Design, visually-aided branding and marketing all have a major impact on the long-term success of an organization. By influencing their customers experience through visual mediums: organisations are able to effect the stories, ideas and thoughts of their customers, and as a result, this can lead to further organic growth of the organisation regardless of industry. Quality of design directly impacts the user’s experience, and to ignore design or to disregard it as nothing more than a necessity is to disregard the potential of increased profit and growth.
Designers can be found in all industries, in many forms, including but not exclusive to: graphic designers, user experience (UX) designers, photographers, interior designers, multimedia artists, animators, art directors and fashion designers, the list goes on. In this article we take a look at what determines a company’s success and the factors involved.
Rebranding a company’s goals, message, and culture is hard; many have tried and most fail. And with industries and markets constantly changing, adjusting and evolving, there is almost no room for an error or slip up. To site Landor: “ A category-transforming idea could arrive from outside the industry or across the globe — at any minute”.
Changing a customer’s perspective of your company to increase the potential of long-term success can be a daunting task. However, if executed properly. A shift in a company’s marketing and branding can reap enormous benefits.
In February 2010, Wieden+Kennedy launched a new Old Spice advertising campaign targeting young men: “Smell Like a Man, Man.” During the first three months after launch, Old Spice was able to achieve an increase in sales by 107%.
Utilizing social media to its full potential, Old Spice was able to expand its consumer-base and net profit by not only utilizing timeless marketing techniques, but also through the use of modern tools available in a technology-based environment.
Even with the internet currently impacting the very foundations for which the majority of individuals live their life, some organisations are still ignoring and neglecting the opportunities available. And as a prime example, you need only examine the downfall of a once industry giant: BlockBuster.
In their simplest form, sacred assets constitute the most important expressions and aspects that form a brand. They are the elements — visual, behavioral, experiential, and verbal — that truly define a brand. In the ever-accelerating plethora of global choice, developing a strong brand is the most effective way of blocking out the noise and allowing your customer to notice and engage in more meaningful dialogues. Sacred assets can propel a brand’s emotional connectivity with an audience while simultaneously delegating the competition to a position of decreased-relevance and authority.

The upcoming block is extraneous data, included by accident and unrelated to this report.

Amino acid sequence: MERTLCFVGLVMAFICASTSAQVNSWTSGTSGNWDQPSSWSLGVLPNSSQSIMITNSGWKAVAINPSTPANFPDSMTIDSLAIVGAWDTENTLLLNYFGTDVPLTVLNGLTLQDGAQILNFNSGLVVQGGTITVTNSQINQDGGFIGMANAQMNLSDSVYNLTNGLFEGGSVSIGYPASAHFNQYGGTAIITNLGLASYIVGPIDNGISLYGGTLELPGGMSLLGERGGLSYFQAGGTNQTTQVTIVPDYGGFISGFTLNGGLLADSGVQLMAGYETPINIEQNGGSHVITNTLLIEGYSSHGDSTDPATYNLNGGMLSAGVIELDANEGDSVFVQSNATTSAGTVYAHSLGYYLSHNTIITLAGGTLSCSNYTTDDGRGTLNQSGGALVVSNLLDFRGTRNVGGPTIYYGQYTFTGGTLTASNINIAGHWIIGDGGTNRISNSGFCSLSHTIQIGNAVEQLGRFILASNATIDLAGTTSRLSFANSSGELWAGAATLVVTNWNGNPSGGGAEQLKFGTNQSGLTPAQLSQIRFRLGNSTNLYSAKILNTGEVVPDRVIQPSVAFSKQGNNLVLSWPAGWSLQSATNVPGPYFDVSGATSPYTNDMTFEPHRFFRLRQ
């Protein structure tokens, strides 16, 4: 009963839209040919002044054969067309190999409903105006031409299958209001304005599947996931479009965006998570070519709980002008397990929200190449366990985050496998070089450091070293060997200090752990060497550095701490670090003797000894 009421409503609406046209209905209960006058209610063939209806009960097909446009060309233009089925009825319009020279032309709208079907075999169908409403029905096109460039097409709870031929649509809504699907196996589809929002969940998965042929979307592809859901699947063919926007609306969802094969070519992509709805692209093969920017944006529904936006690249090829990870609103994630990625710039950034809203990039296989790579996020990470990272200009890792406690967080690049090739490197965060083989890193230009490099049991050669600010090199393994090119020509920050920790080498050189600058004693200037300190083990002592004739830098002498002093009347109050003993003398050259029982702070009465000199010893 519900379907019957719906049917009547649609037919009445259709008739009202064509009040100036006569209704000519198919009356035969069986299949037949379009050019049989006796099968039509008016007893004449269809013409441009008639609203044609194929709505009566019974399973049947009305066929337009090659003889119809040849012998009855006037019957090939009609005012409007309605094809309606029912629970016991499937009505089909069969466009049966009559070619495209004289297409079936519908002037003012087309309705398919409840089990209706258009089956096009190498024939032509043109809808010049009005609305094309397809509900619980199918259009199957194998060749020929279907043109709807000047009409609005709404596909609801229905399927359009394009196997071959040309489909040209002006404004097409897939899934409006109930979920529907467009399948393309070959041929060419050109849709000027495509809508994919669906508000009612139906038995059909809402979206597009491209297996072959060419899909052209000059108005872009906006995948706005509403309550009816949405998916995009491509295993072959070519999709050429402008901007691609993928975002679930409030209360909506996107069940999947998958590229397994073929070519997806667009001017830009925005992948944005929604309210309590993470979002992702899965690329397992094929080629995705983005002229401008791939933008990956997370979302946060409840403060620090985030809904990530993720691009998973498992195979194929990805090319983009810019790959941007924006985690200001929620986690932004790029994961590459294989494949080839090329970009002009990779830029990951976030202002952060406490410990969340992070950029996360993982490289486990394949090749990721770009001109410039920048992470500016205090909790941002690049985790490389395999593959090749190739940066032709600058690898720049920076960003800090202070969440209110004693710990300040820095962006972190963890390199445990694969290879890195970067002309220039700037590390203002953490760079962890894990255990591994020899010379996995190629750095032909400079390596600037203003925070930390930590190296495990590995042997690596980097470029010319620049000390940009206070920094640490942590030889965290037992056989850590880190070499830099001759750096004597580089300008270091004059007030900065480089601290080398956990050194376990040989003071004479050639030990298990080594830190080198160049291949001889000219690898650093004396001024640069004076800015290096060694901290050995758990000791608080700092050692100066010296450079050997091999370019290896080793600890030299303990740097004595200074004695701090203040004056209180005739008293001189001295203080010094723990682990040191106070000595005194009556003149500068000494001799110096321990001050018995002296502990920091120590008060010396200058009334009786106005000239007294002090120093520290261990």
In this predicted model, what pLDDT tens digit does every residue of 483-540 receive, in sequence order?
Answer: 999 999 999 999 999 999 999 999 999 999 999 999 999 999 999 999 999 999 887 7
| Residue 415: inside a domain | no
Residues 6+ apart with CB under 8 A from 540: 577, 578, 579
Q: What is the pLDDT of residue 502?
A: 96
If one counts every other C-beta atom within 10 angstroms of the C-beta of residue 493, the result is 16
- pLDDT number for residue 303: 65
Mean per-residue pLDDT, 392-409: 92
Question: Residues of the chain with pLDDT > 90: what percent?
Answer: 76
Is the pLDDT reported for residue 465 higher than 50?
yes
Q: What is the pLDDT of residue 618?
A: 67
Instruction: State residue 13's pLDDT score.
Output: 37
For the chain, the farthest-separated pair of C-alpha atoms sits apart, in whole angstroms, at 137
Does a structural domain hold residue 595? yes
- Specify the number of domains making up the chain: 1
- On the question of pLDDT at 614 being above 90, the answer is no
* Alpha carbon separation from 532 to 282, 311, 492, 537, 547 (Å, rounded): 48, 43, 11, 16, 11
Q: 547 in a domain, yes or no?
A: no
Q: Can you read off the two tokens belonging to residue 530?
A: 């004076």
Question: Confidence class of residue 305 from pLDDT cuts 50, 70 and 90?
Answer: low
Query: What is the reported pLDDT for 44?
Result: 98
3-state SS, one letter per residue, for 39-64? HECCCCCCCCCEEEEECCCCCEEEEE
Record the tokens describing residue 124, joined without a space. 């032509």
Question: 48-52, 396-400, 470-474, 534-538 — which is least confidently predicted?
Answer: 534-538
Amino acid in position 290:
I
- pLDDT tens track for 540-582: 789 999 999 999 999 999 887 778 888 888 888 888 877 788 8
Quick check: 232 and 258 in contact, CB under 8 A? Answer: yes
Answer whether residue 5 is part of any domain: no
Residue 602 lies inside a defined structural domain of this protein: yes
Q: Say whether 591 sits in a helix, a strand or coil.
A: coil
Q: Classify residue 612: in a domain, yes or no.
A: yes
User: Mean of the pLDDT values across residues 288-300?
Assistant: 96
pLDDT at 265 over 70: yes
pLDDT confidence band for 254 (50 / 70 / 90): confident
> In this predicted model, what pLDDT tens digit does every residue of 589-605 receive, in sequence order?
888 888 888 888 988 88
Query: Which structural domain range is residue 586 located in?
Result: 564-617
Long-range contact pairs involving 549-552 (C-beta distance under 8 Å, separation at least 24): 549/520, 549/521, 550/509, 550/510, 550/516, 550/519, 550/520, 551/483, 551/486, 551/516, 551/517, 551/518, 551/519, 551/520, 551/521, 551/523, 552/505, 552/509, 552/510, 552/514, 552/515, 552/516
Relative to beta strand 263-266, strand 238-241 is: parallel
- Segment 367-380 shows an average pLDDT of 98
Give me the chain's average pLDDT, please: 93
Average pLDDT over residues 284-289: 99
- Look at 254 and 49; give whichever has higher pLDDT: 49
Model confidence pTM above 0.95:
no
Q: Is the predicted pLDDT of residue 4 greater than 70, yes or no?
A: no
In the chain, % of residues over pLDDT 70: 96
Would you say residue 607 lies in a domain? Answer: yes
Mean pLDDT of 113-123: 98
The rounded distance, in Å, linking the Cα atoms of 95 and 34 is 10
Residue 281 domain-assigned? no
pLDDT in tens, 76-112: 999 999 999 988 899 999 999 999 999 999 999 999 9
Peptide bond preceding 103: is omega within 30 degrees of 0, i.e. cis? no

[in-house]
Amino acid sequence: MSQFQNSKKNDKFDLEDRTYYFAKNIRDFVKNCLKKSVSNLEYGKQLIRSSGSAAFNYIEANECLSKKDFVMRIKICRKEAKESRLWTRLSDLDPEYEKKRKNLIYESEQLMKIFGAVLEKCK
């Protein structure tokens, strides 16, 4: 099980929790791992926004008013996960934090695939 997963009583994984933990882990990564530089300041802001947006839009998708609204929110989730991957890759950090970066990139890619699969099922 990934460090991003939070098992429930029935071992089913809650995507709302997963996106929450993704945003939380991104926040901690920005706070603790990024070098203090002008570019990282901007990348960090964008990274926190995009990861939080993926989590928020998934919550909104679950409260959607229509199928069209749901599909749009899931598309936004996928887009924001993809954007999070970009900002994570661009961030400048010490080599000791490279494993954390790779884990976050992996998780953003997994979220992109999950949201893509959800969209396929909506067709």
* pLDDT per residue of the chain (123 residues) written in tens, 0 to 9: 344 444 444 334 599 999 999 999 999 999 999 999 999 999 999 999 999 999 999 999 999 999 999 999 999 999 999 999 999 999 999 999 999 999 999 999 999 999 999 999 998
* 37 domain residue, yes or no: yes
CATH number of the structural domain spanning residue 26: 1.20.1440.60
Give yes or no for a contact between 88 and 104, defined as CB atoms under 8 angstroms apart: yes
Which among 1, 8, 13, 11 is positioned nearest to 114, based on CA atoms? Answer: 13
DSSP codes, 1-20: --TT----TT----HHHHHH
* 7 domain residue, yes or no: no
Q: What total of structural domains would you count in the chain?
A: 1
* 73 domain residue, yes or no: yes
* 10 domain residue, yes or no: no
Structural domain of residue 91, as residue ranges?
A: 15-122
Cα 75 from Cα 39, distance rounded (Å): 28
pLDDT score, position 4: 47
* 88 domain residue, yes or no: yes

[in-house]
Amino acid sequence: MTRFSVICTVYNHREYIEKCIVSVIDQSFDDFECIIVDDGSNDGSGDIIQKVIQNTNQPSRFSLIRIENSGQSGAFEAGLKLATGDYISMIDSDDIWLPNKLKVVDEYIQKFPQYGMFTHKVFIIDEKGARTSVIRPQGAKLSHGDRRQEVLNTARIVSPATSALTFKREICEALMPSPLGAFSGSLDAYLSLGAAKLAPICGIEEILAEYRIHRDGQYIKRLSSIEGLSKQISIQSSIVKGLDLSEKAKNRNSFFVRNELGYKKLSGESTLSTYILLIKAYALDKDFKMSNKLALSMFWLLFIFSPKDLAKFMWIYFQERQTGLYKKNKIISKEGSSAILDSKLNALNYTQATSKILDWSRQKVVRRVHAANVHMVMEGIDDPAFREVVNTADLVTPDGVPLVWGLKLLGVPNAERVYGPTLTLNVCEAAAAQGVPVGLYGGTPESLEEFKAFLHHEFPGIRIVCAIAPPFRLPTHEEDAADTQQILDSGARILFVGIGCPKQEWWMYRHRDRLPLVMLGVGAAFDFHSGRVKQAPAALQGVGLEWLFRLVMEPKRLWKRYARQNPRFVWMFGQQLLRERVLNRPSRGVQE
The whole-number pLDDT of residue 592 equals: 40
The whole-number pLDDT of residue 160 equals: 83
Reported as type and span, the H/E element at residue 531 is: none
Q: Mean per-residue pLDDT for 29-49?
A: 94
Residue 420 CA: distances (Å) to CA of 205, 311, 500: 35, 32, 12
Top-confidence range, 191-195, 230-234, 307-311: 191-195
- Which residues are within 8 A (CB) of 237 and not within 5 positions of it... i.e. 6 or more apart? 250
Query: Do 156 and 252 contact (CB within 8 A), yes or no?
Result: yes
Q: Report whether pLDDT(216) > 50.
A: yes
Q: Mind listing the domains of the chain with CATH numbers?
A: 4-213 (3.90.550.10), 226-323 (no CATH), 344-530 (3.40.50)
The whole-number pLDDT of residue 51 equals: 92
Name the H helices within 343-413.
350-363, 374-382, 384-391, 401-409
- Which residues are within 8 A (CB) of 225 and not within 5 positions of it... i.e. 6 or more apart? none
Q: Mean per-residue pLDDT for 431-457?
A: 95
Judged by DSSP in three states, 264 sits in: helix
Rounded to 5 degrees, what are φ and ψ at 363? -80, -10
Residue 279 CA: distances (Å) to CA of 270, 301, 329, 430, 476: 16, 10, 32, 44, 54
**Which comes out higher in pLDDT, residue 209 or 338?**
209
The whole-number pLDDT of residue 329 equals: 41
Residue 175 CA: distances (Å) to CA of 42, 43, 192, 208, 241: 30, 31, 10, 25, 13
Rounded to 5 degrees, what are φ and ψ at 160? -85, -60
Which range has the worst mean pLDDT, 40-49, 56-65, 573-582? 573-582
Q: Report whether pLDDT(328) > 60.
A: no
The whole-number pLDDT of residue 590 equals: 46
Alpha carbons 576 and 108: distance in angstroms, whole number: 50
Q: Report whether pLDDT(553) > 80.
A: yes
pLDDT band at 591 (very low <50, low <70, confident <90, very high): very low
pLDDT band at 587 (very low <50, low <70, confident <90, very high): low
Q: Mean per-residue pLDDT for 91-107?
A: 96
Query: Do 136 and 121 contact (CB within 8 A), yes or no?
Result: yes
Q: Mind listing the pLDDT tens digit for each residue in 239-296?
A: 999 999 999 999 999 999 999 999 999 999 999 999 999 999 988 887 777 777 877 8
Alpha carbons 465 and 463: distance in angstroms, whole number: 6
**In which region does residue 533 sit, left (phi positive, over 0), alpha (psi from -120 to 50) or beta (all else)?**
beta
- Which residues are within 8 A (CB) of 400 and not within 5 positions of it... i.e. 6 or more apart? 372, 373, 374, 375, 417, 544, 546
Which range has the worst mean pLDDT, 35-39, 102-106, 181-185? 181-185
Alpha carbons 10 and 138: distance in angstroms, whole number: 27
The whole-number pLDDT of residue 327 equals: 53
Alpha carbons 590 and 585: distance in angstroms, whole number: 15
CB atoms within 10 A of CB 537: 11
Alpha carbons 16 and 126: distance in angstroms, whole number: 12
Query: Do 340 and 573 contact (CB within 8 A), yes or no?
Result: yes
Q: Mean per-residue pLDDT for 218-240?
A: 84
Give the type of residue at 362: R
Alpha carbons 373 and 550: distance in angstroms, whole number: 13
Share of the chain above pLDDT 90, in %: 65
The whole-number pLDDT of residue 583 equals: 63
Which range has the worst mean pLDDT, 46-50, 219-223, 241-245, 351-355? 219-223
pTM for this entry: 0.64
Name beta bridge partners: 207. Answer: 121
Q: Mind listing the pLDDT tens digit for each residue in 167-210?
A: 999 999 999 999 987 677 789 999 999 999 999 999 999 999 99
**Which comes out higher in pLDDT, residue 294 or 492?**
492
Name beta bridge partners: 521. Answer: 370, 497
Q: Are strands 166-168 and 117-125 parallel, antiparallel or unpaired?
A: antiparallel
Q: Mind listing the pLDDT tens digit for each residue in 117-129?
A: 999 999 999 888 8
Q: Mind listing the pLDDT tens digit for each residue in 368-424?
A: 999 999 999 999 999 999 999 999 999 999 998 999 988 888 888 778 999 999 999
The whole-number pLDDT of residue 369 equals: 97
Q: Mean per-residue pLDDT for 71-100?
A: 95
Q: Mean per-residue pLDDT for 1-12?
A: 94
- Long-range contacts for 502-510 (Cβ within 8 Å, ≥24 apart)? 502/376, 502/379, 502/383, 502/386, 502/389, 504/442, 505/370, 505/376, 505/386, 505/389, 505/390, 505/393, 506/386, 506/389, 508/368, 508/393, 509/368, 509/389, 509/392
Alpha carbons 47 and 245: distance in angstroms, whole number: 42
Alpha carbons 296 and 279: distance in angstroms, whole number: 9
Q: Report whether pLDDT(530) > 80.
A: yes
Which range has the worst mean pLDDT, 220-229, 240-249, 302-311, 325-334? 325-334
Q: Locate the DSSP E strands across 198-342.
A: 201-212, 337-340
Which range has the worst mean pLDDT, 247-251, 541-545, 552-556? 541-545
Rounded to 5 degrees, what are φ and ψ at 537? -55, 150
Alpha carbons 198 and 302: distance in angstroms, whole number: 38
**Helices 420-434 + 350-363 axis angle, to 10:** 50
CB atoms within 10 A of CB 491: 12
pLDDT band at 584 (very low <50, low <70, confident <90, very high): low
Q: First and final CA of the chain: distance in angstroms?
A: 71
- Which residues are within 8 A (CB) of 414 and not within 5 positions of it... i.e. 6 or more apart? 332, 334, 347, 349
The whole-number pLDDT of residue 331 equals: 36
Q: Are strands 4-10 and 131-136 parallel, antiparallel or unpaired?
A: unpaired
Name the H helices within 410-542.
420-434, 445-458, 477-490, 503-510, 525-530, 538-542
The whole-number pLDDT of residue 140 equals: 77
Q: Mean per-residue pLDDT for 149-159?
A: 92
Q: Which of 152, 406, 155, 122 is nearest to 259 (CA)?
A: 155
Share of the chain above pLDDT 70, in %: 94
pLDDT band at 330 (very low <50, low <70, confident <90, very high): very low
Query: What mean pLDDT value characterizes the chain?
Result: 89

Determining what you need to do to ensure that your company/startup is successful is a complicated and long process; it must be noted that there is no set universal formula. However, planning is your friend, dedicating as much time as possible to ensure that the changes and developments introduced are viable-solutions will allow for accurate advancements and natural growth to occur; this will take time and energy. Focus groups, customer reviews, feedback and all other forms of communication and connection available to you and your customers will allow for an increase in: not only data sets, but also a comprehensive understanding of what is really going on.
Spending time researching, communicating, collaborating, brainstorming and immersing one’s self in real activities will assist individuals in making the right decisions. Keep this is mind.
Keep in mind that a great idea can come from anyone, at any level of an organization, at any time. Collaboration at this level will be a new and possibly uncomfortable adjustment (or concept) for many organisations. However, with the determination to expand the available resources and ideas stemming from inside the company, this can be a brilliant tool.
During the course of marketing over the last 50 years, branding shifted from a statement, to a relationship. A simple message wasn’t enough, building a deeper connection and conversing with consumers became the first goal for many organisations. The goal: tap into your customers emotions, ideas and beliefs in order to ‘convert’ them into a lifelong customer.
With the rise of the digital industry, and the increasing importance of customer service and real connections; brand management became focused on building consistency across every point of access. Be it online, in-store, or anywhere else, brands sought to build and manage a single, consistent (and pleasing), experience.
But that brand-model is no longer compatible with the current market and customer mindset. During the last decade, consumer-experiences went from being under the control of management, to eventually morphing into entire communities and belief-systems (yes) completely separate from their control. Customers’ experiences were once a center-point of focus for brands; but that’s no longer true — we’ve arrived at a new era of branding. Today’s marketplace is too fast paced for brands to adapt, too big, too diverse, and too complex to simplify into a simple touch-point based model.
So we enter the age of the brand community, by engaging and empowering the very audiences brands seek to manage, new naturally-occurring experiences and belief systems may occur. When harnessed effectively, sustaining communities will be the decisive force in brand management moving forward.